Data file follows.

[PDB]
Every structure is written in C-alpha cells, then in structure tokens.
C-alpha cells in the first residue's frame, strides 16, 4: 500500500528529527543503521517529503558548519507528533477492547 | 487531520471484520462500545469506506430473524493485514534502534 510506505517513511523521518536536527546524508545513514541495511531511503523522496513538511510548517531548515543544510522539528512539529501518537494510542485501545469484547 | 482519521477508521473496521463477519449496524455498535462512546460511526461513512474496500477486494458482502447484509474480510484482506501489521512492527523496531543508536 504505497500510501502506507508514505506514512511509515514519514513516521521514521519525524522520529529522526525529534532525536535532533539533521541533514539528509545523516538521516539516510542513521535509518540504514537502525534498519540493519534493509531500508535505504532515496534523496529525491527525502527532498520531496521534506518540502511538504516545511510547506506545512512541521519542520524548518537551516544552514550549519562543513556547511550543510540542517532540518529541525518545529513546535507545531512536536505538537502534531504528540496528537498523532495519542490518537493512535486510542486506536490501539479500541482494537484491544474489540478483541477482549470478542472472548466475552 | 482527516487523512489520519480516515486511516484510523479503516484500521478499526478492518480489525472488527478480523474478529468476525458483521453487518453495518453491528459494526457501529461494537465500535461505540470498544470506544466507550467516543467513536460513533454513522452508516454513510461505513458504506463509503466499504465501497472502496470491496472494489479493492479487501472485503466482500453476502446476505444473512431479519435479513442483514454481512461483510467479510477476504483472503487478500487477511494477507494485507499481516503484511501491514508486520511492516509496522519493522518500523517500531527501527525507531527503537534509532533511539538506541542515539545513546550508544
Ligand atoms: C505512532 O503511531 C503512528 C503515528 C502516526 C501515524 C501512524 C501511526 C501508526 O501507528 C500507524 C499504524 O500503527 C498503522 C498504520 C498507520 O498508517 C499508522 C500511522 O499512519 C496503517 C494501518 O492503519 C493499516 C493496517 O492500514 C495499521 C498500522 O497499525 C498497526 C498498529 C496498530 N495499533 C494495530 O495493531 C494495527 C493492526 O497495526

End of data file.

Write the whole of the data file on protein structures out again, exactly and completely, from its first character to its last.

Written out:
[PDB]
Every structure is written in C-alpha cells, then in structure tokens.
C-alpha cells in the first residue's frame, strides 16, 4: 500500500528529527543503521517529503558548519507528533477492547 | 487531520471484520462500545469506506430473524493485514534502534 510506505517513511523521518536536527546524508545513514541495511531511503523522496513538511510548517531548515543544510522539528512539529501518537494510542485501545469484547 | 482519521477508521473496521463477519449496524455498535462512546460511526461513512474496500477486494458482502447484509474480510484482506501489521512492527523496531543508536 504505497500510501502506507508514505506514512511509515514519514513516521521514521519525524522520529529522526525529534532525536535532533539533521541533514539528509545523516538521516539516510542513521535509518540504514537502525534498519540493519534493509531500508535505504532515496534523496529525491527525502527532498520531496521534506518540502511538504516545511510547506506545512512541521519542520524548518537551516544552514550549519562543513556547511550543510540542517532540518529541525518545529513546535507545531512536536505538537502534531504528540496528537498523532495519542490518537493512535486510542486506536490501539479500541482494537484491544474489540478483541477482549470478542472472548466475552 | 482527516487523512489520519480516515486511516484510523479503516484500521478499526478492518480489525472488527478480523474478529468476525458483521453487518453495518453491528459494526457501529461494537465500535461505540470498544470506544466507550467516543467513536460513533454513522452508516454513510461505513458504506463509503466499504465501497472502496470491496472494489479493492479487501472485503466482500453476502446476505444473512431479519435479513442483514454481512461483510467479510477476504483472503487478500487477511494477507494485507499481516503484511501491514508486520511492516509496522519493522518500523517500531527501527525507531527503537534509532533511539538506541542515539545513546550508544
Ligand atoms: C505512532 O503511531 C503512528 C503515528 C502516526 C501515524 C501512524 C501511526 C501508526 O501507528 C500507524 C499504524 O500503527 C498503522 C498504520 C498507520 O498508517 C499508522 C500511522 O499512519 C496503517 C494501518 O492503519 C493499516 C493496517 O492500514 C495499521 C498500522 O497499525 C498497526 C498498529 C496498530 N495499533 C494495530 O495493531 C494495527 C493492526 O497495526